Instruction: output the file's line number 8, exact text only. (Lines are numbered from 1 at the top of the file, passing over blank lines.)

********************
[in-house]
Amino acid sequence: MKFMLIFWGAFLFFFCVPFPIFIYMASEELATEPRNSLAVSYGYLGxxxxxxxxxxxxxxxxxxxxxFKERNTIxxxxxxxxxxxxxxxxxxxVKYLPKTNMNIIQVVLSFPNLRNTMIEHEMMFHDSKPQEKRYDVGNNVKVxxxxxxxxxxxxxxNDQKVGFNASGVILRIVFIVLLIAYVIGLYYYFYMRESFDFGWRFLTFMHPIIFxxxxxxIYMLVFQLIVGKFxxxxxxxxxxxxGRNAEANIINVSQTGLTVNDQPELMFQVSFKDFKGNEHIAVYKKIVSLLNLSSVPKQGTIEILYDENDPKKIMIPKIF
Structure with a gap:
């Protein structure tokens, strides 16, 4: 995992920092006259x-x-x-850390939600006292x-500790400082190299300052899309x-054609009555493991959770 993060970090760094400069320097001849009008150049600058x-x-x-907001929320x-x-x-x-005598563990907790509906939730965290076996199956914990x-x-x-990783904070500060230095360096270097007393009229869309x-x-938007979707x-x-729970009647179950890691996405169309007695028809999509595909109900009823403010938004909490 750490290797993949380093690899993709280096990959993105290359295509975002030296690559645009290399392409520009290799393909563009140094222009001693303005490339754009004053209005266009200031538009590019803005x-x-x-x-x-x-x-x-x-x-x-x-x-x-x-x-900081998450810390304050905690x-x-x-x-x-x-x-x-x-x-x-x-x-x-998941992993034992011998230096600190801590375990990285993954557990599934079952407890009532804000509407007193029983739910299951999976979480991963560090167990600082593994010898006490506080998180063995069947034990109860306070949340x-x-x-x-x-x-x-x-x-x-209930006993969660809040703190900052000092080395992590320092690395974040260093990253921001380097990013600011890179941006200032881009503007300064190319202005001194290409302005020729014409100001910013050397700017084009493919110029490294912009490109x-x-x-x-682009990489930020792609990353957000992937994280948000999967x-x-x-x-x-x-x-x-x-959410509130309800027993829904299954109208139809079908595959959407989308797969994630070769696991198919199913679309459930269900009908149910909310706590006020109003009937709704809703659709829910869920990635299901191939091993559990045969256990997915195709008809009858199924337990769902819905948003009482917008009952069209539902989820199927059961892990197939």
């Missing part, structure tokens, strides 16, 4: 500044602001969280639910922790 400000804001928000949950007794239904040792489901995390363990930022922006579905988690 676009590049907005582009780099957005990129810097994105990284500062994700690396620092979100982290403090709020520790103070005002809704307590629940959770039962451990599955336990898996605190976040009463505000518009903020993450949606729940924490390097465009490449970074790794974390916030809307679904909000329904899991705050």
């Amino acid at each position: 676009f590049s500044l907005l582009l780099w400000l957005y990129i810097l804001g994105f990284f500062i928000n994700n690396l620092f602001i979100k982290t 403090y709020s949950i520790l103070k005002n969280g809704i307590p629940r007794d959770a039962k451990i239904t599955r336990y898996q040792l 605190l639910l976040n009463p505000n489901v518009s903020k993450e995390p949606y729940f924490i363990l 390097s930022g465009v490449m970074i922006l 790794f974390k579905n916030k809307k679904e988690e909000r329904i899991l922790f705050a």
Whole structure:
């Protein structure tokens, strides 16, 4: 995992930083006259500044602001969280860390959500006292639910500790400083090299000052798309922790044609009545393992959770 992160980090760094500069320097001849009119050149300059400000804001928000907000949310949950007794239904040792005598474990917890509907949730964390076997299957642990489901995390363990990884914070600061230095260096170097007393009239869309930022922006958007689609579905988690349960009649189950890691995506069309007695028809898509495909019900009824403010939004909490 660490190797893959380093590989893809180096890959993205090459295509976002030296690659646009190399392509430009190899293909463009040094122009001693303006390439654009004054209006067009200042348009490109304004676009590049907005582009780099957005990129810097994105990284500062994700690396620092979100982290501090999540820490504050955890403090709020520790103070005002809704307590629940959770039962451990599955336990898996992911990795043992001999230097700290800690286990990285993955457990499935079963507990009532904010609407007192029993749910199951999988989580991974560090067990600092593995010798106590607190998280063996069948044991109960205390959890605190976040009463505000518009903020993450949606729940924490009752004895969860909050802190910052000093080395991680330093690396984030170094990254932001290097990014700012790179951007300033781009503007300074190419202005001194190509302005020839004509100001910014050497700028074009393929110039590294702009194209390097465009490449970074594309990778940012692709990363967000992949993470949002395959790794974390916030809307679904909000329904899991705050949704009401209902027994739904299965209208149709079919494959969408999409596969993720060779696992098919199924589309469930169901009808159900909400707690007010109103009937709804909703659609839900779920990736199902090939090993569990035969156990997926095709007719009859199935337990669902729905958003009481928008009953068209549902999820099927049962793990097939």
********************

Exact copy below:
């Protein structure tokens, strides 16, 4: 995992930083006259500044602001969280860390959500006292639910500790400083090299000052798309922790044609009545393992959770 992160980090760094500069320097001849009119050149300059400000804001928000907000949310949950007794239904040792005598474990917890509907949730964390076997299957642990489901995390363990990884914070600061230095260096170097007393009239869309930022922006958007689609579905988690349960009649189950890691995506069309007695028809898509495909019900009824403010939004909490 660490190797893959380093590989893809180096890959993205090459295509976002030296690659646009190399392509430009190899293909463009040094122009001693303006390439654009004054209006067009200042348009490109304004676009590049907005582009780099957005990129810097994105990284500062994700690396620092979100982290501090999540820490504050955890403090709020520790103070005002809704307590629940959770039962451990599955336990898996992911990795043992001999230097700290800690286990990285993955457990499935079963507990009532904010609407007192029993749910199951999988989580991974560090067990600092593995010798106590607190998280063996069948044991109960205390959890605190976040009463505000518009903020993450949606729940924490009752004895969860909050802190910052000093080395991680330093690396984030170094990254932001290097990014700012790179951007300033781009503007300074190419202005001194190509302005020839004509100001910014050497700028074009393929110039590294702009194209390097465009490449970074594309990778940012692709990363967000992949993470949002395959790794974390916030809307679904909000329904899991705050949704009401209902027994739904299965209208149709079919494959969408999409596969993720060779696992098919199924589309469930169901009808159900909400707690007010109103009937709804909703659609839900779920990736199902090939090993569990035969156990997926095709007719009859199935337990669902729905958003009481928008009953068209549902999820099927049962793990097939």